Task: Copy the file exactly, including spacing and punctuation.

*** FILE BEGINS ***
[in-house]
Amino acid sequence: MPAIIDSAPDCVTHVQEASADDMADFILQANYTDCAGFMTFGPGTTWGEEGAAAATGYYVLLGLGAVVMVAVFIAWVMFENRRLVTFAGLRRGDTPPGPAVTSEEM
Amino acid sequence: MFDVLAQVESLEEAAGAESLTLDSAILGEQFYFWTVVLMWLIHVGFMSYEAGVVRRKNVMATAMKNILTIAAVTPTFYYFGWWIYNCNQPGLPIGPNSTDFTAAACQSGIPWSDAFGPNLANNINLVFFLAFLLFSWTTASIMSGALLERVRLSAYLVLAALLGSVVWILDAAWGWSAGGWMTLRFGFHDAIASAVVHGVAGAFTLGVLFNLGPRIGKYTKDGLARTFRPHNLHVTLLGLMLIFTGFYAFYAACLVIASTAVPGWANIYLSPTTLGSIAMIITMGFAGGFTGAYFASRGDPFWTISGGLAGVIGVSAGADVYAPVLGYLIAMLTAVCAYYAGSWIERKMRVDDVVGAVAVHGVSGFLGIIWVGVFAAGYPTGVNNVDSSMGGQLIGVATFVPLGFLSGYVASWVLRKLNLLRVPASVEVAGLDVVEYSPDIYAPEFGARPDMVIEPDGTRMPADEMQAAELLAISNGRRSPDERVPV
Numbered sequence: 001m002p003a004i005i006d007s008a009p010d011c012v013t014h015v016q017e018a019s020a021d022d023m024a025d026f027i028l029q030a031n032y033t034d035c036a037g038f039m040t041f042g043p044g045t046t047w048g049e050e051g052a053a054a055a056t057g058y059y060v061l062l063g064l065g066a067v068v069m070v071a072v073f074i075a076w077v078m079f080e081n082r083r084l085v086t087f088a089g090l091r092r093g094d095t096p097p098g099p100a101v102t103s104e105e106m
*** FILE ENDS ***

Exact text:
[in-house]
Amino acid sequence: MPAIIDSAPDCVTHVQEASADDMADFILQANYTDCAGFMTFGPGTTWGEEGAAAATGYYVLLGLGAVVMVAVFIAWVMFENRRLVTFAGLRRGDTPPGPAVTSEEM
Amino acid sequence: MFDVLAQVESLEEAAGAESLTLDSAILGEQFYFWTVVLMWLIHVGFMSYEAGVVRRKNVMATAMKNILTIAAVTPTFYYFGWWIYNCNQPGLPIGPNSTDFTAAACQSGIPWSDAFGPNLANNINLVFFLAFLLFSWTTASIMSGALLERVRLSAYLVLAALLGSVVWILDAAWGWSAGGWMTLRFGFHDAIASAVVHGVAGAFTLGVLFNLGPRIGKYTKDGLARTFRPHNLHVTLLGLMLIFTGFYAFYAACLVIASTAVPGWANIYLSPTTLGSIAMIITMGFAGGFTGAYFASRGDPFWTISGGLAGVIGVSAGADVYAPVLGYLIAMLTAVCAYYAGSWIERKMRVDDVVGAVAVHGVSGFLGIIWVGVFAAGYPTGVNNVDSSMGGQLIGVATFVPLGFLSGYVASWVLRKLNLLRVPASVEVAGLDVVEYSPDIYAPEFGARPDMVIEPDGTRMPADEMQAAELLAISNGRRSPDERVPV
Numbered sequence: 001m002p003a004i005i006d007s008a009p010d011c012v013t014h015v016q017e018a019s020a021d022d023m024a025d026f027i028l029q030a031n032y033t034d035c036a037g038f039m040t041f042g043p044g045t046t047w048g049e050e051g052a053a054a055a056t057g058y059y060v061l062l063g064l065g066a067v068v069m070v071a072v073f074i075a076w077v078m079f080e081n082r083r084l085v086t087f088a089g090l091r092r093g094d095t096p097p098g099p100a101v102t103s104e105e106m